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January 2012 St@teside

CMS Issues CO-OP Final Rule

The Centers for Medicare & Medicaid Services (CMS) issued its final rule on the implementation of the Consumer Oriented and Operated Plans (CO-OP) program. CO-OP plans are private, nonprofit plans run primarily by individual and small-group customers. According to CMS, the main purpose of establishing the program is to provide competition to for-profit health insurance plans thereby reducing premiums, promoting efficiency, and improving services and benefits to enrollees.

The Affordable Care Act (ACA) provided $6 billion in implementation funding; however, funding was cut during the recent budget negotiations to $3.8 billion.  The program will provide two types of CO-OP loans: 1) loans meant to help with the start-up costs, which need to be repaid in five years; and 2) loans that would help plans meet solvency and reserve requirements, which need to be repaid in 15 years.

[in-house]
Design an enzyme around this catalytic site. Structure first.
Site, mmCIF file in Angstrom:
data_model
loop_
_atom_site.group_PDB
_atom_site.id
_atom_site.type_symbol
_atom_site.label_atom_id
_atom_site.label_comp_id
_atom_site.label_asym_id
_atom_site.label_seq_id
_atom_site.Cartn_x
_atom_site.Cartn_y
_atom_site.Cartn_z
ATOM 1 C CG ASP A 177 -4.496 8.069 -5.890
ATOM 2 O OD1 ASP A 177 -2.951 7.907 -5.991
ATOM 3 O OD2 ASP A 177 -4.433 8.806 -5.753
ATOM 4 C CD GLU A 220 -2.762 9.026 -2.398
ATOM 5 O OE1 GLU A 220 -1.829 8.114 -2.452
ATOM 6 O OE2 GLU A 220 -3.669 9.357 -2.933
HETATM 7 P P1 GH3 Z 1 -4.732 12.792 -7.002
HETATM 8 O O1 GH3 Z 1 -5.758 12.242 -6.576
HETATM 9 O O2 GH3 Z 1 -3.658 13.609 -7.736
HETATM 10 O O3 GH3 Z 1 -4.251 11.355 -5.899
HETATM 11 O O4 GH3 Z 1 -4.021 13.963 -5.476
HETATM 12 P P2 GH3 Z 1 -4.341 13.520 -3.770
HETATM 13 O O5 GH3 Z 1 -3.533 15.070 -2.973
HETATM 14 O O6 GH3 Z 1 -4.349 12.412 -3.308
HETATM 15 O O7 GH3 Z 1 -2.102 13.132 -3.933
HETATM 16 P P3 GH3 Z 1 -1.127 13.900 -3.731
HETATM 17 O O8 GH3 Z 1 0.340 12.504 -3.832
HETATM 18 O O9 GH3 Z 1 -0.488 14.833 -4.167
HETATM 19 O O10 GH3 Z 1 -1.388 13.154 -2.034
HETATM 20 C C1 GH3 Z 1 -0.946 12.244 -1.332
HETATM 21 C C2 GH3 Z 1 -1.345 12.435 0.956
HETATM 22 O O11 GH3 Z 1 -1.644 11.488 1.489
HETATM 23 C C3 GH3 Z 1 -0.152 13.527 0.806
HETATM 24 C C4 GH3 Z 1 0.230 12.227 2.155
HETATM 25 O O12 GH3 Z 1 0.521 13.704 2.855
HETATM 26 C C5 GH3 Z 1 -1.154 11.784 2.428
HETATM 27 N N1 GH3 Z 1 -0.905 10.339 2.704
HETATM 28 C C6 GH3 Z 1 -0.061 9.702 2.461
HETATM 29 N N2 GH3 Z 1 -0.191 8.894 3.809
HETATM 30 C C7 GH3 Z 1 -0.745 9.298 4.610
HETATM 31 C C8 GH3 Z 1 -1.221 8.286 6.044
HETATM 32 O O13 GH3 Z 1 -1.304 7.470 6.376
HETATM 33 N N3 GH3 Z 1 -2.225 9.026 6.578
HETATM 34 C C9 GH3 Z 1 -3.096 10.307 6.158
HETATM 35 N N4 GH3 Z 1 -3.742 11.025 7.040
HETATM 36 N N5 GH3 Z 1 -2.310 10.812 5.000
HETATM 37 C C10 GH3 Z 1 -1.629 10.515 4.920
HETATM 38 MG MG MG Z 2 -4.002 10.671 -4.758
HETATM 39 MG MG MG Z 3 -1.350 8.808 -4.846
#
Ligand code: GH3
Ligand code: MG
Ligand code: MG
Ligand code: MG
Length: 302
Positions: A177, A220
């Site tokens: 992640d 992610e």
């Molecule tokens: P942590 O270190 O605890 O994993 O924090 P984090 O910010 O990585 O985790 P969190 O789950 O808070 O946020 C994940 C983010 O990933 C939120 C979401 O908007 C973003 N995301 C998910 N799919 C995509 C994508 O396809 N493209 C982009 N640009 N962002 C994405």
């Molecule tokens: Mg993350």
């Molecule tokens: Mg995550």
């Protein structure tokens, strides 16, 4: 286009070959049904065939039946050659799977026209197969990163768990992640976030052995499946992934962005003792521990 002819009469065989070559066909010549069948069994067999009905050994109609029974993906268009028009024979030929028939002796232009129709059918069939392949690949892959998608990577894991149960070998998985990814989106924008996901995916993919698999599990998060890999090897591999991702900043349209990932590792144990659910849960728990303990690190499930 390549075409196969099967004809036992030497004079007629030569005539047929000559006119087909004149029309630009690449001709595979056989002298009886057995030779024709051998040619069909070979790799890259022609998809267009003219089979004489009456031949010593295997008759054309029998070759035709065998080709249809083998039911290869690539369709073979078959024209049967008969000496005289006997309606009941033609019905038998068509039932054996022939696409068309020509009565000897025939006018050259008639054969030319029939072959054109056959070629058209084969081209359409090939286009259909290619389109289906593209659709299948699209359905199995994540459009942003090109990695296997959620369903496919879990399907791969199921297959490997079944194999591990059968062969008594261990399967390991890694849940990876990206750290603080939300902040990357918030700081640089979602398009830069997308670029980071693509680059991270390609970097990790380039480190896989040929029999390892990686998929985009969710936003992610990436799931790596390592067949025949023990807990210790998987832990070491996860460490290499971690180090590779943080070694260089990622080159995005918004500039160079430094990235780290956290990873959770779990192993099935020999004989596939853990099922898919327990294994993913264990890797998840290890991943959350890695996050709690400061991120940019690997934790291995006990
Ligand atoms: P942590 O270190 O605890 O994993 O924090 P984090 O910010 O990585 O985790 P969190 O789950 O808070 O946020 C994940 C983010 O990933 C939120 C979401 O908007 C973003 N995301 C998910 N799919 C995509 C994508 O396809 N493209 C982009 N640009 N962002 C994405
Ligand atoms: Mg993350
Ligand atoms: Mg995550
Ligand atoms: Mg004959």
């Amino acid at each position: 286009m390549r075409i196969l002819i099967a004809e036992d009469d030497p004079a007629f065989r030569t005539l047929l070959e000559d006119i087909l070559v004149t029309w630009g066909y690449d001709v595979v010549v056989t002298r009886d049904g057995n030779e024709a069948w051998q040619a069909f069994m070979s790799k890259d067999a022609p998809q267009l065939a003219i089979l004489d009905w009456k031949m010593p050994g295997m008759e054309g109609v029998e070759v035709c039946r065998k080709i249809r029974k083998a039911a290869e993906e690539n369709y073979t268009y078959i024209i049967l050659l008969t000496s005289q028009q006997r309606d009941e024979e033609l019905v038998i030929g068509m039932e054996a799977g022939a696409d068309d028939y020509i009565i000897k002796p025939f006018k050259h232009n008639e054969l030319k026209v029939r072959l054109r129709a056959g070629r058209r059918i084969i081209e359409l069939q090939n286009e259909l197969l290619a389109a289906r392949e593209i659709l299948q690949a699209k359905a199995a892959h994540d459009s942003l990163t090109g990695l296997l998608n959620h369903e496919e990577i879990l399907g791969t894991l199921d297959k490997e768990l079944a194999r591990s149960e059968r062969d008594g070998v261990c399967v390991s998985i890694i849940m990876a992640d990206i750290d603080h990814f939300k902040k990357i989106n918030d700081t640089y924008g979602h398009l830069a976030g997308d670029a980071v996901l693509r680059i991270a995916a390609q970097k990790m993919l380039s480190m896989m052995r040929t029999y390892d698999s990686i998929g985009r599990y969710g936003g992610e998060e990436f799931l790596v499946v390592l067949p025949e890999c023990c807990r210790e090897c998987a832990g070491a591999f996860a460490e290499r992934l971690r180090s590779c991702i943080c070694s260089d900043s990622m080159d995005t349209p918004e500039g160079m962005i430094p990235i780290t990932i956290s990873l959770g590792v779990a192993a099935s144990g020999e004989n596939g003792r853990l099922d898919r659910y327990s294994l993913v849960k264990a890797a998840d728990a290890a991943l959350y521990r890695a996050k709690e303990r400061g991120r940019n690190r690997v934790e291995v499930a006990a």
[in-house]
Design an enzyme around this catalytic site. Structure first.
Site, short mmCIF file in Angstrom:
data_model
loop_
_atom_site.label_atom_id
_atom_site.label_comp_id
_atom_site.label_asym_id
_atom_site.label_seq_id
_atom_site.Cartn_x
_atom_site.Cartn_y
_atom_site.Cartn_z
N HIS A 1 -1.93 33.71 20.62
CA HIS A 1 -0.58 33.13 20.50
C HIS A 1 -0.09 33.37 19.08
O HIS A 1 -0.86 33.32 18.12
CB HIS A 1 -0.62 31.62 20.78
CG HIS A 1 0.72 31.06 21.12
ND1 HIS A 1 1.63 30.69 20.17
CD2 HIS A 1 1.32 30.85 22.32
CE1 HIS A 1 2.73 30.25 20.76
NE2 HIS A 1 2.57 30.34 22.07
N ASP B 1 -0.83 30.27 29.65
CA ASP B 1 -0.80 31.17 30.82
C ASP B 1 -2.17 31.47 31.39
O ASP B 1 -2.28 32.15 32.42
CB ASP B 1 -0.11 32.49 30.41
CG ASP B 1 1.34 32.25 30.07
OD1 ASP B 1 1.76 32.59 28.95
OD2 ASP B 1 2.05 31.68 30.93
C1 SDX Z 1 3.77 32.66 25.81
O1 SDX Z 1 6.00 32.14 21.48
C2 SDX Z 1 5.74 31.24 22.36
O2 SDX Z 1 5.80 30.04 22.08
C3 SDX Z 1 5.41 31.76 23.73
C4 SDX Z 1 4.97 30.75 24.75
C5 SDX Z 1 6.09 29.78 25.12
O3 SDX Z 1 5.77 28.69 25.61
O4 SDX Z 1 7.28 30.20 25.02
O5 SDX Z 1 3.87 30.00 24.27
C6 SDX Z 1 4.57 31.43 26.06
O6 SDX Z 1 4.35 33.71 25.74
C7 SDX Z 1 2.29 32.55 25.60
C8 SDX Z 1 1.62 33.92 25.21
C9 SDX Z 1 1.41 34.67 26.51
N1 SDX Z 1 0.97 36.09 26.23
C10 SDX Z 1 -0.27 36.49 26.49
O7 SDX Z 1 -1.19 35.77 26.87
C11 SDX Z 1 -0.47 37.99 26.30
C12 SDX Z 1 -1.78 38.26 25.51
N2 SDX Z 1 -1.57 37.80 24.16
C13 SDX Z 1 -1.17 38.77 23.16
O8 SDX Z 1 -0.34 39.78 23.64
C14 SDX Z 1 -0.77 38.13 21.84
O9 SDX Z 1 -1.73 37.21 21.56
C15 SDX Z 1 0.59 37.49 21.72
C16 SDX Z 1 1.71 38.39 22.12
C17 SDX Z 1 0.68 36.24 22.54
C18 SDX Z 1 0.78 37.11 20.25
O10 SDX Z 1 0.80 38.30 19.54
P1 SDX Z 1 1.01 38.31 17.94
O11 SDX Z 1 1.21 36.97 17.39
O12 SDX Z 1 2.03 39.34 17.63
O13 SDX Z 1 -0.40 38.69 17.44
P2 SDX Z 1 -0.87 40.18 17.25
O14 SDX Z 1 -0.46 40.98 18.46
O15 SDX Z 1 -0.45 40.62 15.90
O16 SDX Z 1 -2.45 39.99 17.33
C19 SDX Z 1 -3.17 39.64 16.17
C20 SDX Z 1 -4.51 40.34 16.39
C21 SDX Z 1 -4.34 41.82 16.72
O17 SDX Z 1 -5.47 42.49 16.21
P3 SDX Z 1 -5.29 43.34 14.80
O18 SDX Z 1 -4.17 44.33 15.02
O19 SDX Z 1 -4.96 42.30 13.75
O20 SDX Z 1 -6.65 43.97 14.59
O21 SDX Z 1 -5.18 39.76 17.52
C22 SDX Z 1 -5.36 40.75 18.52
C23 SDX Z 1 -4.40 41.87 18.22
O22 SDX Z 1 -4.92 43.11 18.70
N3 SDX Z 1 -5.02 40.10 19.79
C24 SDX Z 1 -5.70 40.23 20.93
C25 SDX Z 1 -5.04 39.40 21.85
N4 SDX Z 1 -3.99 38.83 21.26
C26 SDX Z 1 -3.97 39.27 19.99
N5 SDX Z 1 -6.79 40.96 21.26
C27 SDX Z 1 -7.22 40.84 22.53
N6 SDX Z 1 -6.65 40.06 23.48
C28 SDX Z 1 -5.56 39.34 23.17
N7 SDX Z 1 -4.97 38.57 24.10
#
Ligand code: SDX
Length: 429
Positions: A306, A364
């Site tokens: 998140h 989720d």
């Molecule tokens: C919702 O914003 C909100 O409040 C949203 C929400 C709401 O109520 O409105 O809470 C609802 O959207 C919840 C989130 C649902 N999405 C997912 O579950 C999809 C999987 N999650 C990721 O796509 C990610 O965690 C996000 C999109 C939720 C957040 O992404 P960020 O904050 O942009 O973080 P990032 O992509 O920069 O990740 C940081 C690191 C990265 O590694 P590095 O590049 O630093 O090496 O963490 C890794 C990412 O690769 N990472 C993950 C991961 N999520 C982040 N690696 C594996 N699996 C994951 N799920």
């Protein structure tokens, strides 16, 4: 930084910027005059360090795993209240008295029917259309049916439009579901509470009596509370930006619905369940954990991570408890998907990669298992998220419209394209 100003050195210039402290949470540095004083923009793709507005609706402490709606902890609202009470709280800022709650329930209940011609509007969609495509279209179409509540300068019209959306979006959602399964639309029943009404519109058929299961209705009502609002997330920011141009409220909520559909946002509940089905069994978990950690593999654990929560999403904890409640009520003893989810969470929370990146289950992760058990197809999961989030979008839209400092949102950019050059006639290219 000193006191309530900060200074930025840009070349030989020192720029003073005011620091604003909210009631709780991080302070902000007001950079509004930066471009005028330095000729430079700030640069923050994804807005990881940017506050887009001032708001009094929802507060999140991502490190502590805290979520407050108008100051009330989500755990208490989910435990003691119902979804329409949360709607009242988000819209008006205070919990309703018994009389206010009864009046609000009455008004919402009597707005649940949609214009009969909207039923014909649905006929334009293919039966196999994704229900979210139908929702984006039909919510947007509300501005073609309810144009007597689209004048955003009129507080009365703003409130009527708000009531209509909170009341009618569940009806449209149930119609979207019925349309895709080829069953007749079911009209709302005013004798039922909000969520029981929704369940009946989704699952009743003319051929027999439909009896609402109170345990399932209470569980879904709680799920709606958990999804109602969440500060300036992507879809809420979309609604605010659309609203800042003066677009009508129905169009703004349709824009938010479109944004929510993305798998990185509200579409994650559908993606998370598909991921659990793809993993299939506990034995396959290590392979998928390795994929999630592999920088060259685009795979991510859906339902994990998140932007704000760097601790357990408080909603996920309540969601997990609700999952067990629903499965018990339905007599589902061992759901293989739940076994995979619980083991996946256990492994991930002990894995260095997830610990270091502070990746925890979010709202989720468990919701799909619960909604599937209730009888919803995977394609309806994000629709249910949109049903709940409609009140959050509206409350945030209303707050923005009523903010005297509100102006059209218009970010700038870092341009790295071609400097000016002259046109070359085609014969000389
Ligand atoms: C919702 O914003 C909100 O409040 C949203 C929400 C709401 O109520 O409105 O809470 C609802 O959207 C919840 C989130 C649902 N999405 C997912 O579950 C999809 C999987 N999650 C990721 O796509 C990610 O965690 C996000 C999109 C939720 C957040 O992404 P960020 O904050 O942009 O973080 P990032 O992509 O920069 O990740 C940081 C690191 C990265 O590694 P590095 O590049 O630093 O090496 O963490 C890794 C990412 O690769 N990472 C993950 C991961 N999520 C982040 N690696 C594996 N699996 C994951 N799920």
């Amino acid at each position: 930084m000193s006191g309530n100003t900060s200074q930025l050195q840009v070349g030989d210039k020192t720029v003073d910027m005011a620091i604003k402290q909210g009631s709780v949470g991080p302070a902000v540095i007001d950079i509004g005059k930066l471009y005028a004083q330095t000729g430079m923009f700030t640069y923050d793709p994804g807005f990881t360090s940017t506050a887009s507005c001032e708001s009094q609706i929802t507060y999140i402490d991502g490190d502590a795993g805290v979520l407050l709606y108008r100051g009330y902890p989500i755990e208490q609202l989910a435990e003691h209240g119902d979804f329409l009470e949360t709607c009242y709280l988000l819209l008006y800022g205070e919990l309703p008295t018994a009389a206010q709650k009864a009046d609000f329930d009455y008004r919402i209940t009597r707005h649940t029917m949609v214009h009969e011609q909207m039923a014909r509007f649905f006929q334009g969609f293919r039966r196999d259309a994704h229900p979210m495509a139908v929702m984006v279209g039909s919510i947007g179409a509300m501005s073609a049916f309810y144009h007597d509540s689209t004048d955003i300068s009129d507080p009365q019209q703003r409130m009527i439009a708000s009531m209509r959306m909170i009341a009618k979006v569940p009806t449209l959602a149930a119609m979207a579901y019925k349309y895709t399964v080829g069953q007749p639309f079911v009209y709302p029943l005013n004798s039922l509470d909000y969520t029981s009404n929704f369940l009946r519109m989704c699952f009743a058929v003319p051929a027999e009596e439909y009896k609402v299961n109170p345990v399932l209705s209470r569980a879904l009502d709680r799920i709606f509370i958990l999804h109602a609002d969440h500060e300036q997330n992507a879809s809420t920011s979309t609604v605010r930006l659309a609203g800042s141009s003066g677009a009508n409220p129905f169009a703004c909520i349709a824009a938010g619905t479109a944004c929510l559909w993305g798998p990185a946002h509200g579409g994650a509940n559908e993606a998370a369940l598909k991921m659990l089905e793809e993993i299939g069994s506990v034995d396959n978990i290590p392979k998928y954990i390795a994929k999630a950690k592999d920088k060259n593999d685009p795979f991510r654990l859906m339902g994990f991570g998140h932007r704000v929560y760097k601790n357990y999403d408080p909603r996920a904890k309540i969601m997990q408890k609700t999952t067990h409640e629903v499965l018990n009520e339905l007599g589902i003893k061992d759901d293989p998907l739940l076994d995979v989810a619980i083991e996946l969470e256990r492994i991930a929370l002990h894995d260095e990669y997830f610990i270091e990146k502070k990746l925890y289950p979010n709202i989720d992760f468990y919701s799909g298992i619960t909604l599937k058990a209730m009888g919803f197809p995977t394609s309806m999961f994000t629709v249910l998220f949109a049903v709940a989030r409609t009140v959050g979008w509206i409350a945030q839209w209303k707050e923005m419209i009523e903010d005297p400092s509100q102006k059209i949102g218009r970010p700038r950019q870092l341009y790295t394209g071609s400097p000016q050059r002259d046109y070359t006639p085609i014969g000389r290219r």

According to the rule, the funding is only available to new nonprofit plans and not to existing insurers. Furthermore, the final rule requires that CO-OPs must meet the same state and federal standards as current insurers including those established by the health insurance exchange.  The final rule also allows state and local governments to provide funding to a CO-OP as long as the funding does not exceed 40 percent of its total funding and the government entity does not control the CO-OP.

Currently CO-OP plans operate only in four states: Idaho, Minnesota, Washington, and Wisconsin. They serve about 2.1 million people and represent approximately 1 percent of the private insurance market1. The ACA envisions at least one CO-OP will launch in each state.

1Reichard, J. (2012, January 12). Washington Health Policy Week in Review HHS Issues Final Co-op Rule to Spur Consumer-Friendly Health Insurance.  The Commonwealth Fund. Retrieved on January 20, 2012 from